When someone is humble, it means that they are not selfish and they do not brag about their talents or abilities. Atticus demonstrates what it means to be humble during the mad dog incident, when he is appointed as Tom's lawyer, and after the trial with the black community.
First, during the mad dog incident in chapter 10, the sheriff tells Atticus to shoot the dog because he's the best shot in the county. Even though Atticus hasn't picked up a gun in decades, Sheriff Tate knows that Atticus is only being humble when he declines the honor. The sheriff warns Atticus that if he doesn't shoot now, the dog will go into the Radleys' house. Eventually, Atticus consents to take the shot, only because the sheriff pleads with him and because of inevitable danger. The shot rings true and the dog goes down without any suffering. Jem and Scout are amazed because they never knew their father had such a talent and was called, "One-Shot Finch" as Miss Maudie reveals (97).
Next, in chapter 16, Scout overhears some men at the court talking about Atticus being appointed by Judge Taylor to defend Tom Robinson. This is news to her because her father has always said that it is very important to him to defend Tom Robinson because it is the right thing to do. However, her father's humility on this one point could have proven valuable for her when Cecil Jacobs, Francis, and Mrs. Dubose accused him of being a "ni****-lover". Either way, Atticus is humble because he doesn't announce to everyone that he was appointed as Tom's lawyer; rather, he steps up and does his duty willingly.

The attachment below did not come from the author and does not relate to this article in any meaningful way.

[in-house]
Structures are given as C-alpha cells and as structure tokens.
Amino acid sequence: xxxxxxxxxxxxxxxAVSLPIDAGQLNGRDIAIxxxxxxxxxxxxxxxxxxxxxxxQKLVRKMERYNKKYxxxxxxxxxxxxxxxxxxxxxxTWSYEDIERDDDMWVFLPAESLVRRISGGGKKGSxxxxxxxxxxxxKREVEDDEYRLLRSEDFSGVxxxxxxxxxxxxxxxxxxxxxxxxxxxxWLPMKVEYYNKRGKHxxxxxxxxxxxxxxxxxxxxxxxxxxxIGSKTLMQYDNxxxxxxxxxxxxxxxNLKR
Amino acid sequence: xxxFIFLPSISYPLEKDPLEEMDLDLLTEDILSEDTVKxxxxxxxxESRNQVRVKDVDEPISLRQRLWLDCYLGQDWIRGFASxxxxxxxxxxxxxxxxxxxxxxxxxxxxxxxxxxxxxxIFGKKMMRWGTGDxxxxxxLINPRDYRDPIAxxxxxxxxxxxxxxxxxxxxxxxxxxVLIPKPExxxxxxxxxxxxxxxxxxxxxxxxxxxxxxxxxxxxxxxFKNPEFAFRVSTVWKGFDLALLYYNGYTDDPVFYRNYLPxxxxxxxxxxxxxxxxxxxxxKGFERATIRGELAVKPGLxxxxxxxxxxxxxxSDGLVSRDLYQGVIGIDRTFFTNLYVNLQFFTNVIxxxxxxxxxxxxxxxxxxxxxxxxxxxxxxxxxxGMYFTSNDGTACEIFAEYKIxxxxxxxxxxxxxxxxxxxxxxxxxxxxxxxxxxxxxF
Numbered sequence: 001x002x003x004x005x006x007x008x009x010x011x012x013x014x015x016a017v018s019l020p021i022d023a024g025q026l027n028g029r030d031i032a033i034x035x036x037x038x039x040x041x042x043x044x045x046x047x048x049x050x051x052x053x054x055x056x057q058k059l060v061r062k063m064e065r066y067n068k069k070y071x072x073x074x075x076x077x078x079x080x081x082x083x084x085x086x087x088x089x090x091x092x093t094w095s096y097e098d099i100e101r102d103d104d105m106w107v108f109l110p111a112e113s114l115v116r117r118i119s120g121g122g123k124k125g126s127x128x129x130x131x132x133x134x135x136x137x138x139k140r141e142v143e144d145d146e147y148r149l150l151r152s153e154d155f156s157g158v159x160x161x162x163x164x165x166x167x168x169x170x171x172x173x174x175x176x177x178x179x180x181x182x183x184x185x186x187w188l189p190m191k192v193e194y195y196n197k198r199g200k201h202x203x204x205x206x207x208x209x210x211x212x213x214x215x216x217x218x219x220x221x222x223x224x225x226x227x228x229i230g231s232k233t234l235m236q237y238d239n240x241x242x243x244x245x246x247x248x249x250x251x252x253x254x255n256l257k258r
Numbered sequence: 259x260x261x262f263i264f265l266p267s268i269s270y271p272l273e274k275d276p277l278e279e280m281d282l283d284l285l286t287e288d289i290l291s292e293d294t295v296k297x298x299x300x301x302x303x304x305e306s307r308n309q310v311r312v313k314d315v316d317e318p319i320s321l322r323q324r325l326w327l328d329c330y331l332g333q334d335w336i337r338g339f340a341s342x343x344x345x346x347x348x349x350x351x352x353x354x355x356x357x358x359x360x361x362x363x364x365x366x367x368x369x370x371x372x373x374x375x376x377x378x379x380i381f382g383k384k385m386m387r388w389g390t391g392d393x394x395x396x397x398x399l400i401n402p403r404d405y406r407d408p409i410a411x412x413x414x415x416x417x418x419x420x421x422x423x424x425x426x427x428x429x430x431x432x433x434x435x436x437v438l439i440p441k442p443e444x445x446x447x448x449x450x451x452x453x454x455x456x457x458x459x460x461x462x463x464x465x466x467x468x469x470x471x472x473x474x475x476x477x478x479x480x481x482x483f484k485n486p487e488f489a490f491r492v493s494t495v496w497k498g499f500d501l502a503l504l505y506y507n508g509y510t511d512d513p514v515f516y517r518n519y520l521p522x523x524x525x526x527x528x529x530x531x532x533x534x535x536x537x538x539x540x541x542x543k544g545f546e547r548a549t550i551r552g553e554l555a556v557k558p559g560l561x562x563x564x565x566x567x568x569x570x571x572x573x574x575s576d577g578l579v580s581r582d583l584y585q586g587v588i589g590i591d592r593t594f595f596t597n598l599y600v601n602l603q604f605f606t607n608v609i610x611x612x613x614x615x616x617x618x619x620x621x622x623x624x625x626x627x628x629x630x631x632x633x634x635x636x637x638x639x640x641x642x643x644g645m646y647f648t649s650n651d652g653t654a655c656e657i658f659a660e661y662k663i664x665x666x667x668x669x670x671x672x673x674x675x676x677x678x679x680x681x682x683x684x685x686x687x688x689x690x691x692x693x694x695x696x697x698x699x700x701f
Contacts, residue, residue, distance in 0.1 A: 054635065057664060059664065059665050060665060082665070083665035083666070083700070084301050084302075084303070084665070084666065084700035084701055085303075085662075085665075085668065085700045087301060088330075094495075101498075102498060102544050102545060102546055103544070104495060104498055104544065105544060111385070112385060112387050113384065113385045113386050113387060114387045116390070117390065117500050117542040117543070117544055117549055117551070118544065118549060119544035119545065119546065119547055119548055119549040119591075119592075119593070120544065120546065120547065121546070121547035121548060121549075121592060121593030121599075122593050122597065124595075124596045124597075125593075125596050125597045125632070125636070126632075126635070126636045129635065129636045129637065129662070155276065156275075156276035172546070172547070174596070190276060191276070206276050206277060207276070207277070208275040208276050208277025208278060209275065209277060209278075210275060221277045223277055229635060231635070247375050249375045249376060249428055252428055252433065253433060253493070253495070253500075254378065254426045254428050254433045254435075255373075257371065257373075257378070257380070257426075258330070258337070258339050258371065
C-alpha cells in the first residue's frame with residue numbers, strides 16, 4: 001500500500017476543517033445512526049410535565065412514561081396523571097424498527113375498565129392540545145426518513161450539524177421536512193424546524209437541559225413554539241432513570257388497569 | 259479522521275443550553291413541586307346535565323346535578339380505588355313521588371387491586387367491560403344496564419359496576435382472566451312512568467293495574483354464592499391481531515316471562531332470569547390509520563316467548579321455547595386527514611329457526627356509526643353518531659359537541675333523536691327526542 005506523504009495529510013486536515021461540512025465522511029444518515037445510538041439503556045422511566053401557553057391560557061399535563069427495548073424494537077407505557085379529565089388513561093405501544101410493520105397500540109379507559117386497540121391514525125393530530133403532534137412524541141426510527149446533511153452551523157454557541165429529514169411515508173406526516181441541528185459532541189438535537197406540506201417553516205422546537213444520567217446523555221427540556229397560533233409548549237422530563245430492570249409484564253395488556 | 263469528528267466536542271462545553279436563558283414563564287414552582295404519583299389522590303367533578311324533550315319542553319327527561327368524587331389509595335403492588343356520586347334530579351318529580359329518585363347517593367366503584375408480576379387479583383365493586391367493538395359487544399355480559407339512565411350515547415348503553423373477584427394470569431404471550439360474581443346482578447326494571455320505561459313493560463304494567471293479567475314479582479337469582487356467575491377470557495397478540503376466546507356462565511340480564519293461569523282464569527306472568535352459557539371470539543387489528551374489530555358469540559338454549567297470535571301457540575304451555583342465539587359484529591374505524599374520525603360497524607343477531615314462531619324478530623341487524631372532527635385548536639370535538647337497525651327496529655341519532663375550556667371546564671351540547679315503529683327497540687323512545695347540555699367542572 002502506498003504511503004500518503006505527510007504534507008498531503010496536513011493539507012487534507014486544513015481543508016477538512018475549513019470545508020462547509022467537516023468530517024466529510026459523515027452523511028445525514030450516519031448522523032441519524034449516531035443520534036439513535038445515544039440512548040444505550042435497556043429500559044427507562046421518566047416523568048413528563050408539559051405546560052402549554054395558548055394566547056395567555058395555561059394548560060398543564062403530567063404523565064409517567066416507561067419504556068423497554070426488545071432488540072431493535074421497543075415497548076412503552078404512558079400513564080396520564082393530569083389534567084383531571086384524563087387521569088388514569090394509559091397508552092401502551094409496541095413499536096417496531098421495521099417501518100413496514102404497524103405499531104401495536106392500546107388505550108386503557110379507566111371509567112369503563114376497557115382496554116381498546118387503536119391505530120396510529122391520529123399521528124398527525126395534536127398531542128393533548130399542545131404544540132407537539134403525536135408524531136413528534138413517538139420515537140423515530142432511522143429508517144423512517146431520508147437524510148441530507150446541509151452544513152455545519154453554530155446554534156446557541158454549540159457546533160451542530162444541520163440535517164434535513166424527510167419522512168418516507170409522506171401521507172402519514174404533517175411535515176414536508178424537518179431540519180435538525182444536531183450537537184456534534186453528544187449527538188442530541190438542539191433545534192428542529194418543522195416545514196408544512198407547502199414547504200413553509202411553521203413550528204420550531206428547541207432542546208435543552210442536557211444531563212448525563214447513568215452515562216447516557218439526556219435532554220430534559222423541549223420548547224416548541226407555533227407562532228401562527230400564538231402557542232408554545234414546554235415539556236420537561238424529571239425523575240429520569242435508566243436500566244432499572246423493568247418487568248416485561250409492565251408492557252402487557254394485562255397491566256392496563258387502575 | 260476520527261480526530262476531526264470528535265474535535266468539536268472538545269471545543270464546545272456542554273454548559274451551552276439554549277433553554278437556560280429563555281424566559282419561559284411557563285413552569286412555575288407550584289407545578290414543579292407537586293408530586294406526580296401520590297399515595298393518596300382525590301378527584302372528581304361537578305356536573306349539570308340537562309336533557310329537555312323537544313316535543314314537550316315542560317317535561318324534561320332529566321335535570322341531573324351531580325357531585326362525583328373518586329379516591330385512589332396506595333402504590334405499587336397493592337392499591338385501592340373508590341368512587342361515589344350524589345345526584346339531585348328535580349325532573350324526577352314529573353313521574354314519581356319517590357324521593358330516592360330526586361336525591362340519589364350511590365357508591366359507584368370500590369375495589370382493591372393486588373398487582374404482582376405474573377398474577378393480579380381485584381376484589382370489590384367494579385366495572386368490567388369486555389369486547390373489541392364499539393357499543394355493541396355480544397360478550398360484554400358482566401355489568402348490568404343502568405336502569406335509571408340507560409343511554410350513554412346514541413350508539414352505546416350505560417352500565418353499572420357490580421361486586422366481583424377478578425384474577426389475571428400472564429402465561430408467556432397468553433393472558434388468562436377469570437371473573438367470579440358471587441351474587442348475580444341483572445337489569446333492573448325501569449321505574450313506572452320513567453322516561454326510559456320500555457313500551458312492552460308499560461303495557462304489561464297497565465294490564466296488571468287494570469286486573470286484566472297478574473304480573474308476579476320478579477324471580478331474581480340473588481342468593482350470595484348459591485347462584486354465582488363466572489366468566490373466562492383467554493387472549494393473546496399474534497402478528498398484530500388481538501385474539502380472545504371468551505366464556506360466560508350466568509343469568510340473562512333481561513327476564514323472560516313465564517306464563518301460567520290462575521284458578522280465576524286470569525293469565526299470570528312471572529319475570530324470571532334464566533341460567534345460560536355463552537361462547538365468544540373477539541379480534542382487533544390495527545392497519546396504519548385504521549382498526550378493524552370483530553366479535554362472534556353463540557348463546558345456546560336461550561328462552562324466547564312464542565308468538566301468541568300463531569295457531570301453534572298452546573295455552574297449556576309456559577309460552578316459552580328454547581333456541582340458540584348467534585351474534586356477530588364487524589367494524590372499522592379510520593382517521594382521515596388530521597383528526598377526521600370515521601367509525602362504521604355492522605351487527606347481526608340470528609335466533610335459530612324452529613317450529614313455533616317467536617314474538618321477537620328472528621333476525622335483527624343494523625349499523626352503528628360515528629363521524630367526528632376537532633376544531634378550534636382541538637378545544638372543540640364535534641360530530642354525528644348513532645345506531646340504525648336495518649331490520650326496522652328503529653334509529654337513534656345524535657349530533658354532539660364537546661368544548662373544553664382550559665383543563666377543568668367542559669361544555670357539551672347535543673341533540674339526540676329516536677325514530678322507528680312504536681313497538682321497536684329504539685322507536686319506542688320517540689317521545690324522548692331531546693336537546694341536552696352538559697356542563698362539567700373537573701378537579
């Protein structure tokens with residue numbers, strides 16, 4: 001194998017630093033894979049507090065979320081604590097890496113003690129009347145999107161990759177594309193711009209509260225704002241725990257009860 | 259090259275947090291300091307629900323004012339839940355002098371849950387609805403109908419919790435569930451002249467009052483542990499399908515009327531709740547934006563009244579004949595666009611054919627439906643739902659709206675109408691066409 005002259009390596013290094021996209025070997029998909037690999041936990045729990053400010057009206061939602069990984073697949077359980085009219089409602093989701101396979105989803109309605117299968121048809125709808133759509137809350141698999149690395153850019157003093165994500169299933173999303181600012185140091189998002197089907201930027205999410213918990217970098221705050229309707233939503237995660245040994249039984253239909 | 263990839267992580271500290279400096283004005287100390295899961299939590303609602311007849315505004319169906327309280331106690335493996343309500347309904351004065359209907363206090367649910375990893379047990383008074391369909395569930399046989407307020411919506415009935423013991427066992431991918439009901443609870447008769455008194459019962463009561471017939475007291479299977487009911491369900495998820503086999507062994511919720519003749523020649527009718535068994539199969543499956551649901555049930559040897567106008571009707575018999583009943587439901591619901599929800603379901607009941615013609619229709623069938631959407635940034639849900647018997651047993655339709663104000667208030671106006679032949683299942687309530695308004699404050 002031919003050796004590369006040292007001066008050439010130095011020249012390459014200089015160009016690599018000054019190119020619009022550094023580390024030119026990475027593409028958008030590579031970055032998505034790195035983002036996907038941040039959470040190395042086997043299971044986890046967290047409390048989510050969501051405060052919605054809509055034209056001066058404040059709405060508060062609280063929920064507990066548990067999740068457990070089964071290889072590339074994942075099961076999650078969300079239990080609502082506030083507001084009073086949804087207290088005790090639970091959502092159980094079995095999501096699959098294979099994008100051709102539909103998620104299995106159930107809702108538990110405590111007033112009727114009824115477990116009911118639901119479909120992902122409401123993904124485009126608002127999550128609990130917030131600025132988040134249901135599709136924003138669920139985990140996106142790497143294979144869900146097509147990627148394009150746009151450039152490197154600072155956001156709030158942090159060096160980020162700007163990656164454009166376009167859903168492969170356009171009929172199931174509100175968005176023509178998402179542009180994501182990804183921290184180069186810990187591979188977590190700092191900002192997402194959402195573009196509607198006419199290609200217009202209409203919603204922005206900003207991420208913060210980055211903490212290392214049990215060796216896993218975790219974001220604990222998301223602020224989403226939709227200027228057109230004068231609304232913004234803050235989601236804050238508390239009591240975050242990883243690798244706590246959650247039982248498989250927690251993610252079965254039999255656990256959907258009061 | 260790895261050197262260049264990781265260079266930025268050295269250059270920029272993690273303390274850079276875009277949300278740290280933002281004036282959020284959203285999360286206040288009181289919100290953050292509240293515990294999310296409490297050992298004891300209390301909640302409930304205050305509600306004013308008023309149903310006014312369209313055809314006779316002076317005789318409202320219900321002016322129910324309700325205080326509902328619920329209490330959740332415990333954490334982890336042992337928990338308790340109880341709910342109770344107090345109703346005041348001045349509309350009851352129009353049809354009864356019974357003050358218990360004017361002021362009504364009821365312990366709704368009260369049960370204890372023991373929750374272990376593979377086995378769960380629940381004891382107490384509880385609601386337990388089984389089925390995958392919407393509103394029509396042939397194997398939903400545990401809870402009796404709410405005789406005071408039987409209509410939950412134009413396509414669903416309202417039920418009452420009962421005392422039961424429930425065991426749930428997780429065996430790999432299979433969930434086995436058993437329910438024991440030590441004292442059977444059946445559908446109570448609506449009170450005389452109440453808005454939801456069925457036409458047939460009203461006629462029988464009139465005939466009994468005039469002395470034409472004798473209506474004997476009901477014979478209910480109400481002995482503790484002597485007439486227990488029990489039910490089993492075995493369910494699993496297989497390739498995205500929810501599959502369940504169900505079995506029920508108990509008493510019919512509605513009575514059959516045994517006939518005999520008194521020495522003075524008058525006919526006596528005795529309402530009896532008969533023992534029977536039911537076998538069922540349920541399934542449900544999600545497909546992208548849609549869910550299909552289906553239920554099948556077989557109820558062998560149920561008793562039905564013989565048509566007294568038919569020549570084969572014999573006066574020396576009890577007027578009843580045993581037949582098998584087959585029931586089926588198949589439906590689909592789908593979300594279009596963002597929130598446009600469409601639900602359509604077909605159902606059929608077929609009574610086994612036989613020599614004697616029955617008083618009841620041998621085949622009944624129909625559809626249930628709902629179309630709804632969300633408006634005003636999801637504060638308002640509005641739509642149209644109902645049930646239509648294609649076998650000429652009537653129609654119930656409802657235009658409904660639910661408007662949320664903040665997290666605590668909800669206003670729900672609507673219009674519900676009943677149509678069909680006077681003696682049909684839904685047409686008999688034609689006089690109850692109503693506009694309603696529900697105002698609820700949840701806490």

Finally, the day after the trial of Tom Robinson, Atticus wakes up to loads of edible gifts from the black community who thanks him for defending Tom honestly and courageously. Atticus is amazed to receive such an abundance of food from Tom's family and friends that he sheds a few tears over it. Atticus demonstrates his humble nature because he doesn't demand anything from anyone for his efforts. He says to Calpurnia, "Tell them I'm very grateful . . . tell them they must never do this again. Times are too hard" (213). Atticus understands what sacrifices were made to give him so much food, and he doesn't want them to suffer for it.